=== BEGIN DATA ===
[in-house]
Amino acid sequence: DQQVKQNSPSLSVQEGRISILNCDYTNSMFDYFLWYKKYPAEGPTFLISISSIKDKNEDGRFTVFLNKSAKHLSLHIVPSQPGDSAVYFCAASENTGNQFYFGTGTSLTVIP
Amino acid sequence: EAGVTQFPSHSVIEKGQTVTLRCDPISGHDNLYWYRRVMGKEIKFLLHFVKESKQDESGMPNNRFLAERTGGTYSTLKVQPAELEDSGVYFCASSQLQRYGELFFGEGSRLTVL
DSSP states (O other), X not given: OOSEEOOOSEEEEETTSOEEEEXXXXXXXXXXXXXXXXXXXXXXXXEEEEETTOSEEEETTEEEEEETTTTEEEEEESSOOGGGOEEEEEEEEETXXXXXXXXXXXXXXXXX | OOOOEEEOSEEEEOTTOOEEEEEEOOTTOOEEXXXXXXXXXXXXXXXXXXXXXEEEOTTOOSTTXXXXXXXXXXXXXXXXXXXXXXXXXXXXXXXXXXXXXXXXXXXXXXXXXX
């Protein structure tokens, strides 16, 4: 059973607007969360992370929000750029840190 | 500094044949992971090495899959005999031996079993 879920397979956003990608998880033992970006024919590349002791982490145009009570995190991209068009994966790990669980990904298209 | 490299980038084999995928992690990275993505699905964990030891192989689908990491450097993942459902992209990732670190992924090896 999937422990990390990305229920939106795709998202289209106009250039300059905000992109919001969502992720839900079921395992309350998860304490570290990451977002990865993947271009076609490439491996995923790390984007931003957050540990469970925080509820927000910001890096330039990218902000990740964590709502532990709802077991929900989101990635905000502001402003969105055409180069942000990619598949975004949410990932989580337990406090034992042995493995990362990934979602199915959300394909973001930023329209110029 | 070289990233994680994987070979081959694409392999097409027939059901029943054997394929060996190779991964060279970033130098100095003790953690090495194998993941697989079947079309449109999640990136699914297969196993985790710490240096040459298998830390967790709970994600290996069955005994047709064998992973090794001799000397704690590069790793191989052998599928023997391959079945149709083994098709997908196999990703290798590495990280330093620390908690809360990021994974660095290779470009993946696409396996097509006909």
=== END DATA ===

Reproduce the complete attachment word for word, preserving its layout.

[in-house]
Amino acid sequence: DQQVKQNSPSLSVQEGRISILNCDYTNSMFDYFLWYKKYPAEGPTFLISISSIKDKNEDGRFTVFLNKSAKHLSLHIVPSQPGDSAVYFCAASENTGNQFYFGTGTSLTVIP
Amino acid sequence: EAGVTQFPSHSVIEKGQTVTLRCDPISGHDNLYWYRRVMGKEIKFLLHFVKESKQDESGMPNNRFLAERTGGTYSTLKVQPAELEDSGVYFCASSQLQRYGELFFGEGSRLTVL
DSSP states (O other), X not given: OOSEEOOOSEEEEETTSOEEEEXXXXXXXXXXXXXXXXXXXXXXXXEEEEETTOSEEEETTEEEEEETTTTEEEEEESSOOGGGOEEEEEEEEETXXXXXXXXXXXXXXXXX | OOOOEEEOSEEEEOTTOOEEEEEEOOTTOOEEXXXXXXXXXXXXXXXXXXXXXEEEOTTOOSTTXXXXXXXXXXXXXXXXXXXXXXXXXXXXXXXXXXXXXXXXXXXXXXXXXX
């Protein structure tokens, strides 16, 4: 059973607007969360992370929000750029840190 | 500094044949992971090495899959005999031996079993 879920397979956003990608998880033992970006024919590349002791982490145009009570995190991209068009994966790990669980990904298209 | 490299980038084999995928992690990275993505699905964990030891192989689908990491450097993942459902992209990732670190992924090896 999937422990990390990305229920939106795709998202289209106009250039300059905000992109919001969502992720839900079921395992309350998860304490570290990451977002990865993947271009076609490439491996995923790390984007931003957050540990469970925080509820927000910001890096330039990218902000990740964590709502532990709802077991929900989101990635905000502001402003969105055409180069942000990619598949975004949410990932989580337990406090034992042995493995990362990934979602199915959300394909973001930023329209110029 | 070289990233994680994987070979081959694409392999097409027939059901029943054997394929060996190779991964060279970033130098100095003790953690090495194998993941697989079947079309449109999640990136699914297969196993985790710490240096040459298998830390967790709970994600290996069955005994047709064998992973090794001799000397704690590069790793191989052998599928023997391959079945149709083994098709997908196999990703290798590495990280330093620390908690809360990021994974660095290779470009993946696409396996097509006909």